by A.C. Hall
At the March White Settlement City Council meeting, a routine annual audit report included a major revelation about the first year struggles of Hawaiian Falls. Their first lease payment of $500,000 was due to the City in October of 2014, but Hawaiian Falls only made a partial payment of $125,000 and has made no additional payments since.
“We are promised that all late payments and all overdue or unpaid bills will be paid in the very near future,” White Settlement City Manager Jim Ryan told The Grizzly Detail.
In a statement to The Grizzly Detail Newspaper, Hawaiian Falls spokesperson David Alvey said the company is working with the City to get current on the loan payment and spoke about the reasons they came up short on this payment in the first place. “Due to construction delays and cost increases, we were unable to meet our goals during the inaugural year. We have made adjustments in the off season and continue to restructure our company for profitability,” Alvey said in the statement.
Ryan also spoke about the issues, saying they weren’t entirely unforeseen.
“We expected some financial issues to arise in a project of this size,” Ryan said. “Maybe not to this extent, but we are working through the situation.”
City Manager Ryan provided more details about the first year issues Hawaiian Falls faced and offered his own thoughts on what some of the causes were.
“Hawaiian Falls, White Settlement, went over their construction budgeted expense by $2.2 Million and experienced a first year operational loss of $337,000.00. The operational loss was due to a later than planned Grand Opening and the fact that the Park was not completed until late summer. Guests had to walk through a construction zone to get into a partially completed water park,” Ryan said.
Despite these issues, Ryan stated that Hawaiian Falls is still operating within the limits of the contract they have with the City. They are being charged interest for the late payments and Ryan also stated that the first five years of payments are structured in a manner of varying amounts that takes into consideration the possibility of cash flow problems new businesses sometimes face.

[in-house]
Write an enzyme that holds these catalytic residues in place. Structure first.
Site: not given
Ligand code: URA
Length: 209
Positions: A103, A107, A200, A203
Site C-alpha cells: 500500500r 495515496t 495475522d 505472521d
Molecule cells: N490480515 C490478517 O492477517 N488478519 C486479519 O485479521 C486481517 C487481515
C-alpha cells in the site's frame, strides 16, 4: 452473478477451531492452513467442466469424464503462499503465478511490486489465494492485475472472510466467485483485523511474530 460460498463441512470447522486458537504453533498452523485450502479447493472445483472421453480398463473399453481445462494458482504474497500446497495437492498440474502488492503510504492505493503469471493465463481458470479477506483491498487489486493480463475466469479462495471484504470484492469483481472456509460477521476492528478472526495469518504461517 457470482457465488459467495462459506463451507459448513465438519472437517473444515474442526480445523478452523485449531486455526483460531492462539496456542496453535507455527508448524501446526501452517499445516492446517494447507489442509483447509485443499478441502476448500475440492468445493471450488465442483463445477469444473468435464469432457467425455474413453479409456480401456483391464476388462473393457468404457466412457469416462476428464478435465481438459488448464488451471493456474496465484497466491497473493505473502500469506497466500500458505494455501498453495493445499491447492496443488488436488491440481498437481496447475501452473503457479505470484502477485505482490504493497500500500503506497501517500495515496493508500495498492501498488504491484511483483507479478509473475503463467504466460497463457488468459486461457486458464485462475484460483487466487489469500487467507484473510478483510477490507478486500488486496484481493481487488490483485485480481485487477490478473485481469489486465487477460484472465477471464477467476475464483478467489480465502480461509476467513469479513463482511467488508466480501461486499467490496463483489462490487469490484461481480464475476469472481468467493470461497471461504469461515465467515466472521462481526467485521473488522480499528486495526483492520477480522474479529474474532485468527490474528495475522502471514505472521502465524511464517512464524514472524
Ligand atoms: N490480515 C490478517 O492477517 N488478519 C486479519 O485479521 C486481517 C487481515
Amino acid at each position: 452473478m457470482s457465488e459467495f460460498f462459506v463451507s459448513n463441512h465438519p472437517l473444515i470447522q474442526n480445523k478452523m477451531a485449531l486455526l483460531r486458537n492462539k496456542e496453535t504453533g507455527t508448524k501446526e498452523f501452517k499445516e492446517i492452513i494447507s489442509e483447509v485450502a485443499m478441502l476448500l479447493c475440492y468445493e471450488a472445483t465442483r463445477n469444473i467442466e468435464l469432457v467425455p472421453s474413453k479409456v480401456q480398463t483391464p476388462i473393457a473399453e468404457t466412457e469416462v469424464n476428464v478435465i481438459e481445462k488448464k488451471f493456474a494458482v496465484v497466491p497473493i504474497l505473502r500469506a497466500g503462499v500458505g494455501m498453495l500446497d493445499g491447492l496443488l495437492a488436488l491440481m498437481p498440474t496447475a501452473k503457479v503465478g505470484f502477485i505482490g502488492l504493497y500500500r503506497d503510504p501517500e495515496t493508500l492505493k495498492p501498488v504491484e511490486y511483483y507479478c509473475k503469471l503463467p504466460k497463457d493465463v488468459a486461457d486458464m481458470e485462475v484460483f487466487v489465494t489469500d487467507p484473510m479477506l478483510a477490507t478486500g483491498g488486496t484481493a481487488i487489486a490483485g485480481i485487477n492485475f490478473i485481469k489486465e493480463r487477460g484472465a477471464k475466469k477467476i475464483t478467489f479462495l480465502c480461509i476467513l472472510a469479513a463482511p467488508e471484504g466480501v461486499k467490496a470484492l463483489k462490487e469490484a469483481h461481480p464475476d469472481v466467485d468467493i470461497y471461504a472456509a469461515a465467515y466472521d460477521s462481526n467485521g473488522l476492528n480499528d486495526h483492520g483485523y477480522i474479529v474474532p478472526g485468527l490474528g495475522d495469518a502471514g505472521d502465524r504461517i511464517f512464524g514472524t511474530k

In the long buildup to the arrival of Hawaiian Falls, expectations in the City were sky high for what the water park would mean to the local economy. Stories of restaurant rows popping up around other Hawaiian Falls locations and the possibility of similar business growth here made for a high bar for the company to hit. When asked about these high expectations, Ryan suggests they were a bit too lofty for the first year of the park but that growth is coming.
“Yes, that expectation was unfair but we don’t live in a fair world. We have had major interest in most if not all the available land anywhere around that portion of the City. Most of these things just take time and some hard decisions, but there will be more growth and good things coming to the City than most people ever expected,” Ryan said.
Another issue that Hawaiian Falls faced during their first year was the winter closure of their highly promoted “year round” adventure park. Ryan said that financial issues factored into the winter closing of the adventure park, but that weather was a factor also.
“The concept of a year round park leaves us with the impression that the park would be open every day of the year…rain or shine, which logic says could not happen. When the temperature dips to around 40 degrees manning and using zip lines become safety issues,” Ryan said.
Moving into their second year in the City, Hawaiian Falls expressed confidence in the location. In their statement, the company touts ongoing private party and special event rentals of their adventure park and event center throughout the winter as well as a record number of 2015 season pass sales as reasons they think the coming year will be a good one.
“With a complete water park, adventure park and event center, and an aggressive group sales and marketing plan, Hawaiian Falls White Settlement expects to accommodate 200,000 guests this summer, an attendance number similar to our six other Hawaiian Falls parks in Texas,” Alvey said in the statement.
Similarly, Ryan suggests that there’s no reason to assume one missed lease payment will lead to more missed payments in the future.
“To speculate on future missed payments would be a bit hasty and foolish at this time,” Ryan said. “We have every hope that all things will be fine in the long run. This is a multi-year contract and partnership and like all partnerships, there will be both good times and hard times.”
Both Hawaiian Falls and the City of White Settlement will be looking for those good times in 2015 with a solid year from the water park. With $12 million spent up front by the City to build the park, they are deeply invested in the success of Hawaiian Falls and the long term partnership between the two entities.
Hawaiian Falls will re-open and kick off their second year in White Settlement on Memorial Day weekend in May.